If Erik Prince of Blackwater shows up at the House oversight committee's hearing into his company's activities in Iraq, expect him to get an earful. It's not just about the Mansour incident
, or the murky legal status
the private-security firm possesses. According to the Iraqi government, Blackwater employees engineered a jailbreak to free a minister convicted of corruption charges.
Prime Minister Nouri al-Maliki referred obliquely to the incident yesterday. But a Defense Ministry spokesman told
Leila Fadel of McClatchy that Blackwater, in December, broke former Electricity Minister Ahyam al-Samarrai out of prison in the Green Zone, where he was awaiting sentencing for embezzling $2.5 billion in reconstruction money.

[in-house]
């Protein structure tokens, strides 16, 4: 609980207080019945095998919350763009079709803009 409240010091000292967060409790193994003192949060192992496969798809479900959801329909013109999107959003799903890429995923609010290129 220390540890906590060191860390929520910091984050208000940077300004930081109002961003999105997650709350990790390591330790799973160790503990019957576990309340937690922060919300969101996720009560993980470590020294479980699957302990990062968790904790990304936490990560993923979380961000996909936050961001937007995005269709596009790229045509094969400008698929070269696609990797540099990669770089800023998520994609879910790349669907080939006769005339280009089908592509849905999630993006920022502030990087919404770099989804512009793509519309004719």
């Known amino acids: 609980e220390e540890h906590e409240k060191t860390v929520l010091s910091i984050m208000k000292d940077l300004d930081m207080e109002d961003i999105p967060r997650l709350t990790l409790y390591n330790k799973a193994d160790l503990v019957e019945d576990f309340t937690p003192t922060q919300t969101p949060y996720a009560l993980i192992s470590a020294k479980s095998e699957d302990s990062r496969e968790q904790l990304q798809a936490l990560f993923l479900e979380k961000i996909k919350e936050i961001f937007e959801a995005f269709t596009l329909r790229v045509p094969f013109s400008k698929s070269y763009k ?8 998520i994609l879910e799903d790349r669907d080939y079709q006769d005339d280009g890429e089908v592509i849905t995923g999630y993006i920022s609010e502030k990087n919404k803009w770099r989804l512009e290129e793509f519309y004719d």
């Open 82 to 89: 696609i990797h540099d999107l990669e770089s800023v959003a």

Until now, Iraqi officials hadn't named the private security company that they believe helped Samarrai, the only Iraqi cabinet official convicted of corruption, to escape from a jail that was overseen jointly by U.S. and Iraqi guards. He subsequently was spirited out of the country and is believed to be living in the United States.
The U.S. State Department made note of his escape in its December report on developments in Iraq, saying that "Iraq's Commission on Public Integrity (CPI) said they believed he fled with the help of members of a private security company."
But the accusation that Blackwater, which earned at least $240 million in 2005 from contracts to provide security to U.S. officials in Baghdad, assisted in his escape raises questions about what American officials might have known about the breakout.
It's possible that Maliki and the Defense Ministry spokesman are misrepresenting what happened. But should Prince testify -- and the committee expects he will -- it'll be interesting to hear his response to the accusation. And, if it's true, his explanation.